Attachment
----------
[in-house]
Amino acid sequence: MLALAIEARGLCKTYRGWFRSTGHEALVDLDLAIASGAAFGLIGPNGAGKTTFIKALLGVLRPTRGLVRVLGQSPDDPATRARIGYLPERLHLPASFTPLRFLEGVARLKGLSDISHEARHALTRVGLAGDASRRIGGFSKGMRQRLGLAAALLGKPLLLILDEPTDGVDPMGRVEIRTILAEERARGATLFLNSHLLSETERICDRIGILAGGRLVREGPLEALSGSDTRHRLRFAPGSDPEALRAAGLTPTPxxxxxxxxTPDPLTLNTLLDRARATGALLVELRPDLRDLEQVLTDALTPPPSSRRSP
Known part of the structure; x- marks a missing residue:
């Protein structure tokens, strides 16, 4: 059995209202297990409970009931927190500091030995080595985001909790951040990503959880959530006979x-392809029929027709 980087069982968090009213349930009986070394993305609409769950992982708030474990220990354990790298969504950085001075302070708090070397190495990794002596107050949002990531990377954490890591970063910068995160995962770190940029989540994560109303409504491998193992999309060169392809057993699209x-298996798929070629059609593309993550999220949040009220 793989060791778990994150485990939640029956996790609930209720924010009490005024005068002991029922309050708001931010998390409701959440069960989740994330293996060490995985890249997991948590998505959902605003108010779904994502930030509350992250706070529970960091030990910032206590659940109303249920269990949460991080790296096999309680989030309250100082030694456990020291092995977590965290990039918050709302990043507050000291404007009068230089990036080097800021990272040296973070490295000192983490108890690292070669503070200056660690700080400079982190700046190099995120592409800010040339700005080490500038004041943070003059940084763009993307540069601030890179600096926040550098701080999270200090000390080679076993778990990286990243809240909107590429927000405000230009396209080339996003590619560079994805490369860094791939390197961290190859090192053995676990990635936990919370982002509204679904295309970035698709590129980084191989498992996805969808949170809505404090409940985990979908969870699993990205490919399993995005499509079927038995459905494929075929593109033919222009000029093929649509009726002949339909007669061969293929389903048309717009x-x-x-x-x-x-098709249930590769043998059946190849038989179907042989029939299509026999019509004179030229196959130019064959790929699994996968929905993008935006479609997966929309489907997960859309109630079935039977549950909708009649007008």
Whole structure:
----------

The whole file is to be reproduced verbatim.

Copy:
[in-house]
Amino acid sequence: MLALAIEARGLCKTYRGWFRSTGHEALVDLDLAIASGAAFGLIGPNGAGKTTFIKALLGVLRPTRGLVRVLGQSPDDPATRARIGYLPERLHLPASFTPLRFLEGVARLKGLSDISHEARHALTRVGLAGDASRRIGGFSKGMRQRLGLAAALLGKPLLLILDEPTDGVDPMGRVEIRTILAEERARGATLFLNSHLLSETERICDRIGILAGGRLVREGPLEALSGSDTRHRLRFAPGSDPEALRAAGLTPTPxxxxxxxxTPDPLTLNTLLDRARATGALLVELRPDLRDLEQVLTDALTPPPSSRRSP
Known part of the structure; x- marks a missing residue:
């Protein structure tokens, strides 16, 4: 059995209202297990409970009931927190500091030995080595985001909790951040990503959880959530006979x-392809029929027709 980087069982968090009213349930009986070394993305609409769950992982708030474990220990354990790298969504950085001075302070708090070397190495990794002596107050949002990531990377954490890591970063910068995160995962770190940029989540994560109303409504491998193992999309060169392809057993699209x-298996798929070629059609593309993550999220949040009220 793989060791778990994150485990939640029956996790609930209720924010009490005024005068002991029922309050708001931010998390409701959440069960989740994330293996060490995985890249997991948590998505959902605003108010779904994502930030509350992250706070529970960091030990910032206590659940109303249920269990949460991080790296096999309680989030309250100082030694456990020291092995977590965290990039918050709302990043507050000291404007009068230089990036080097800021990272040296973070490295000192983490108890690292070669503070200056660690700080400079982190700046190099995120592409800010040339700005080490500038004041943070003059940084763009993307540069601030890179600096926040550098701080999270200090000390080679076993778990990286990243809240909107590429927000405000230009396209080339996003590619560079994805490369860094791939390197961290190859090192053995676990990635936990919370982002509204679904295309970035698709590129980084191989498992996805969808949170809505404090409940985990979908969870699993990205490919399993995005499509079927038995459905494929075929593109033919222009000029093929649509009726002949339909007669061969293929389903048309717009x-x-x-x-x-x-098709249930590769043998059946190849038989179907042989029939299509026999019509004179030229196959130019064959790929699994996968929905993008935006479609997966929309489907997960859309109630079935039977549950909708009649007008």
Whole structure: